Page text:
Changes to student visa program could have big effect on tourism economy

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Photo courtesy Morey's Piers/ International student workers gather around a campfire for a s'mores night. Employers like Morey's Piers must provide cultural programming like this for its J-1 visa workers. Photo courtesy Morey's Piers/ International student workers gather around a campfire for a s'mores night. Employers like Morey's Piers must provide cultural programming like this for its J-1 visa workers.

Critics say international workers used for cheap labor

About 600 college students from countries like the Ukraine, Spain and Malaysia will work at Wildwood’s Morey’s Piers this summer, operating rides and arcade games or manning lifeguard stations at the amusement company’s two water parks.

The international workers, or J-1 students, a nickname that comes from the type of visa the students have, come to shore areas throughout Cape May County through a summer work travel program that’s been offered for decades through the U.S. State Department.

But now, local officials and business owners are concerned that including reforms to the J-1 visas and summer work travel program in Congressional immigration and human trafficking legislation could destroy the program, which they say helps seasonal employers, like Morey’s Piers, stay open longer and extend the tourism season.

“I think it’s dangerous,” Denise Beckson, director of human resources at Morey’s Piers, said of the changes Monday. “We would have to shorten our season even more, and that has an impact on everyone, from the guy who sells pizza on the boardwalk to Cisco.”

Critics of the program, however, say that in recent years the summer work travel program has become a way for employers to hire cheap labor, marketed as a cultural exchange. The Center for Immigration Studies, an independent Washington research organization, has also pointed to abuses within the program, like when hundreds of foreign students working in Hershey, Pa. protested in the summer of 2011. Those students claimed that they were underpaid, working too many hours, and excluded from experiencing American culture.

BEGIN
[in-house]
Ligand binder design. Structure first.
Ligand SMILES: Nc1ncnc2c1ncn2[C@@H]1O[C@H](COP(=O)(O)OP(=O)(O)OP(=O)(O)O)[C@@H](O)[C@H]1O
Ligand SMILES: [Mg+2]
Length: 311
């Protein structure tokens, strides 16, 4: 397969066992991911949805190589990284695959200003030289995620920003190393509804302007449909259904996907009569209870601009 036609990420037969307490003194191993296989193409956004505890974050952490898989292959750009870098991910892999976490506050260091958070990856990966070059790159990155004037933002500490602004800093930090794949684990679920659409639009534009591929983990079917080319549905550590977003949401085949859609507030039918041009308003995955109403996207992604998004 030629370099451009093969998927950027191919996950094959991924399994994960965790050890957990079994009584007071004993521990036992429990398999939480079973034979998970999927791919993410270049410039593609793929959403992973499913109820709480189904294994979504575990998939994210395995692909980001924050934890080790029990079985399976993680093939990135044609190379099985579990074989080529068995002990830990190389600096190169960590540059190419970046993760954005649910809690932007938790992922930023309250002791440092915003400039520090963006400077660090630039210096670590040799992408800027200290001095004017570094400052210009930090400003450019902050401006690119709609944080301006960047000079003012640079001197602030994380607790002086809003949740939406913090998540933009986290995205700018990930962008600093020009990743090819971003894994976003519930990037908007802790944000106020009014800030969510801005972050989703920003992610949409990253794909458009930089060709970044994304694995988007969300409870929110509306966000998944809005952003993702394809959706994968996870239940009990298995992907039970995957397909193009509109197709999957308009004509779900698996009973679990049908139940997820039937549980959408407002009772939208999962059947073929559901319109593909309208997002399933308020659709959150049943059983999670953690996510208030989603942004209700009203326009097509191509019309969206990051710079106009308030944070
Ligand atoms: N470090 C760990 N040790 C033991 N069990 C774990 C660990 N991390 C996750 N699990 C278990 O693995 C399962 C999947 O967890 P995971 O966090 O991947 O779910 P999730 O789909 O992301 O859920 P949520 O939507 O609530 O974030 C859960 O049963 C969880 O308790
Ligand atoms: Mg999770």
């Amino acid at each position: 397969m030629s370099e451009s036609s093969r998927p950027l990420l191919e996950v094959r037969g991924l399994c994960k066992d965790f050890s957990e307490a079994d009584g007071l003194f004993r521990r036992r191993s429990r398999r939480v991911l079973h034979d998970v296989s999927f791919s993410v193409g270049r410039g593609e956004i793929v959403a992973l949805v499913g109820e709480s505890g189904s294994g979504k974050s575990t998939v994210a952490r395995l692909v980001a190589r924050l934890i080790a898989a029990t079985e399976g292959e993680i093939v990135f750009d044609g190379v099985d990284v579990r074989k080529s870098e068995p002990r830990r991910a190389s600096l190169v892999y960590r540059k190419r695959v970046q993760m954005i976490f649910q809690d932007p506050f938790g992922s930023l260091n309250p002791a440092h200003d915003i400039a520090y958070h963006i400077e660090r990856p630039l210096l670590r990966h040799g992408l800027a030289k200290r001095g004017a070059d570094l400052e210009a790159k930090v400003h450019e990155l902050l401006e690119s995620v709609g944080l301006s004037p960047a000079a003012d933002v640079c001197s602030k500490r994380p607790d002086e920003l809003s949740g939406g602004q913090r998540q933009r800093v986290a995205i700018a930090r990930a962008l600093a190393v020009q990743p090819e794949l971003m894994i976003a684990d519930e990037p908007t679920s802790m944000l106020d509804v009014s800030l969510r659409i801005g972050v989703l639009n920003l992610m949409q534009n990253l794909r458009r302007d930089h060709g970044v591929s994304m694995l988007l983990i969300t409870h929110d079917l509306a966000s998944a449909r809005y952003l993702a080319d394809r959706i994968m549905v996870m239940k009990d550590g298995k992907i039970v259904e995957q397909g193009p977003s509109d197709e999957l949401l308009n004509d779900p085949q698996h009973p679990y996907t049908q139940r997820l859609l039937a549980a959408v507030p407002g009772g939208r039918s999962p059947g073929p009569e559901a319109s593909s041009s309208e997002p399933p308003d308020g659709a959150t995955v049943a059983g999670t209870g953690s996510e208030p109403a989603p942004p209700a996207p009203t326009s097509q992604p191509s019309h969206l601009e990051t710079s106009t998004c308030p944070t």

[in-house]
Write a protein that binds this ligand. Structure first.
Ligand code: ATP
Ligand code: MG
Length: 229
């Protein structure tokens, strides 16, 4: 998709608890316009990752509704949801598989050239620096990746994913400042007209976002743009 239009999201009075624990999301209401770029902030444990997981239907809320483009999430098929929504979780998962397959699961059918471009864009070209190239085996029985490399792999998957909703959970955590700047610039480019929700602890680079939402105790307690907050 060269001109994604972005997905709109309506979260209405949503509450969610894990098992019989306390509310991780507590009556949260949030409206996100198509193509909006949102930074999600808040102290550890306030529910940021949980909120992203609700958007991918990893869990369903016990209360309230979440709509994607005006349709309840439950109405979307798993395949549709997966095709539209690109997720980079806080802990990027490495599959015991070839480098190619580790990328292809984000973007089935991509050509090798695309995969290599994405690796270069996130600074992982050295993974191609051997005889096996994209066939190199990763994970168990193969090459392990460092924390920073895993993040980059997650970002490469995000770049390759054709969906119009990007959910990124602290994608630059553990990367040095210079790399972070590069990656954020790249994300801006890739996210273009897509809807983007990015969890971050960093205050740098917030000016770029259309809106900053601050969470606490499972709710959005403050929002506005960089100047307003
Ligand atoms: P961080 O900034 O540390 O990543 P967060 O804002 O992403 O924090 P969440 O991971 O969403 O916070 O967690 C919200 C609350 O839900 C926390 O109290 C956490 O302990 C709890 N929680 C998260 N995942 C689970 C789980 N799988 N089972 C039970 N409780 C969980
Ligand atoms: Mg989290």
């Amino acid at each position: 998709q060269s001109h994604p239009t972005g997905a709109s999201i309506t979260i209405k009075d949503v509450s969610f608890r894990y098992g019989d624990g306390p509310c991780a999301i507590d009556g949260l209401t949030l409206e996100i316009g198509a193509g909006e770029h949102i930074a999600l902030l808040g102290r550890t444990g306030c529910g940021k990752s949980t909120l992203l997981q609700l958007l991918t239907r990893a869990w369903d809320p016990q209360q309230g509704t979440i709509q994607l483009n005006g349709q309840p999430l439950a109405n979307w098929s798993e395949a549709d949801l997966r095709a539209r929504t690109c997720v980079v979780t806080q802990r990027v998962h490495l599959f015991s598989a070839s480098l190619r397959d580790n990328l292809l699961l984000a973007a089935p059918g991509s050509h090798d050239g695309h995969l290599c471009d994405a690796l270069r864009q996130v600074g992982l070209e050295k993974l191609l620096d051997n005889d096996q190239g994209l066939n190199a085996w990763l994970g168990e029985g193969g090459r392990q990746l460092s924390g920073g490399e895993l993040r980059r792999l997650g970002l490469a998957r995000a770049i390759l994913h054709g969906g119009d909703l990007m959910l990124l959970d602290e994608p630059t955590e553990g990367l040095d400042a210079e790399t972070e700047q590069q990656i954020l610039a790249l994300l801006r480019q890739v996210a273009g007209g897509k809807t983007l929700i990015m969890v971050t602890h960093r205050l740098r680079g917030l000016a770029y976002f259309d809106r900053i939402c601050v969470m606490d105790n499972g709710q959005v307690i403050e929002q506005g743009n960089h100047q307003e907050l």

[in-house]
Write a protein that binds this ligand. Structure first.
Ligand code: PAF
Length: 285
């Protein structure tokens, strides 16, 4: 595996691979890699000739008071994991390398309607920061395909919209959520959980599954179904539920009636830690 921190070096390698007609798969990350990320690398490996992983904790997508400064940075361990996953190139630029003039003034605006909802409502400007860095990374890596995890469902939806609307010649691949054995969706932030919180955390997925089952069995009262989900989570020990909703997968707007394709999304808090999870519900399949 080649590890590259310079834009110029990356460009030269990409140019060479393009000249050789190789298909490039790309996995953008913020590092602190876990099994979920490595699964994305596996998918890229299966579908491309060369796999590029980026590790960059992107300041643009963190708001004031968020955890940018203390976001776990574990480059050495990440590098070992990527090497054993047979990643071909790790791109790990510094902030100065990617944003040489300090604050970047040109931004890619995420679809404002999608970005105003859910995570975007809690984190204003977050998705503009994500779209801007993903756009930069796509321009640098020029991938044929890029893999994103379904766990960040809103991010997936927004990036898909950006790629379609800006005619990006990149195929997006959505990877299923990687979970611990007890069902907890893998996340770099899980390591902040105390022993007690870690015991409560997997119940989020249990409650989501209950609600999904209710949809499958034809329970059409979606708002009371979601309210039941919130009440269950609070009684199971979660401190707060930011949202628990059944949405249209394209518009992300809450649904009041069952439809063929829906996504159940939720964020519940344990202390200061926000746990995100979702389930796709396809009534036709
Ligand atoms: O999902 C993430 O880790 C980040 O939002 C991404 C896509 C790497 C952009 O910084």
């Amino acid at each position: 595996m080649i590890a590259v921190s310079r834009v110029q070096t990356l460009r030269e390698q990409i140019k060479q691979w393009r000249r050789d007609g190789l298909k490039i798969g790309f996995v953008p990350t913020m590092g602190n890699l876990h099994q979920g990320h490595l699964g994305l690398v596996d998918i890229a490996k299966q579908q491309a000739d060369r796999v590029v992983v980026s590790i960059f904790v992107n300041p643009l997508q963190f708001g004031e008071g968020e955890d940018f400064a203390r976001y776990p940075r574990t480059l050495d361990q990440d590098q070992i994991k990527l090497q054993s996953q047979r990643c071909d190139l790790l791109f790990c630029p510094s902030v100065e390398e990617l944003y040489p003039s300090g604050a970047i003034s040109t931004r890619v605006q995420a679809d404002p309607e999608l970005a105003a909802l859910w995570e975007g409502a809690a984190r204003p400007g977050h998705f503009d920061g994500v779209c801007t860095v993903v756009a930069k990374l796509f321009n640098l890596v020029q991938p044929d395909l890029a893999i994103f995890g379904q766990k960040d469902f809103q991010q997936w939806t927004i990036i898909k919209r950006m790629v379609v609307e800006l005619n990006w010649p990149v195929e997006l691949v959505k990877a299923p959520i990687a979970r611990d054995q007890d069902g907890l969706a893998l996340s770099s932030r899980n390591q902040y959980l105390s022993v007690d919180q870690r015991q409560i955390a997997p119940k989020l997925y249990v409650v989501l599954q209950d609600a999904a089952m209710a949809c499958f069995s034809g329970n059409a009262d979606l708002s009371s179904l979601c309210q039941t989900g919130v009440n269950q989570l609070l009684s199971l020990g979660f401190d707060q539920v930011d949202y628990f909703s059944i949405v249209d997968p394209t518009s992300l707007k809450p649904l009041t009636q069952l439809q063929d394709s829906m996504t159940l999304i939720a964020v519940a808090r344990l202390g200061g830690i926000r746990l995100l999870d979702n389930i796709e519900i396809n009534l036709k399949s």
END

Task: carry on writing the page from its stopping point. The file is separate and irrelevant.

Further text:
“There have been horror stories about kids being taken advantage of and deceived,” Jerry Kammer, a senior research fellow with the CIS said Tuesday. Kammer also penned the center’s 2011 report about the summer work travel program, called “Cheap Labor as Cultural Exchange, the $100 Million Summer Work Travel Industry.”

About 100,000 students come to the United States each year through the program, and stay for four months. They spend three months working, then are permitted to travel for a month. The students work with sponsors, organizations designated by the State department to see to the day-to-day administration of the program.

In June of 2013, the Senate passed the Border Security, Economic Opportunity, and Immigration Modernization Act, which focused on sweeping immigration reform. Included in that bill were several proposed measures aimed at protecting international students with oversight regulations, such as limiting the fees sponsor organizations can charge students to come work in the United States, which usually cost upwards of $1,000. It also made it illegal for sponsors to lie or present misleading information to prospective student workers, as well as make information about fees, costs and services publicly available on their websites, among other changes.

While that bill has not yet been taken up in the House, another bill, called the Fraudulent Overseas Recruitment and Trafficking Elimination, or FORTE, act, would make it illegal for sponsors to charge international student workers fees to participate in the program. The FORTE Act was introduced in the House just last month, and is currently in committee.

Both pieces of federal legislation are a major cause of concern to Vicki Clark, president of the Cape May County Chamber of Commerce, who says that changes to the summer work travel program could seriously affect business in the county.

“This is a program from the Department of State about public diplomacy, it is not a work visa,” she said.

In New Jersey, the State Department reports that there are about 5,000 students working through the program. Clark estimates that about two-thirds of those students spend March through October in Cape MayCounty.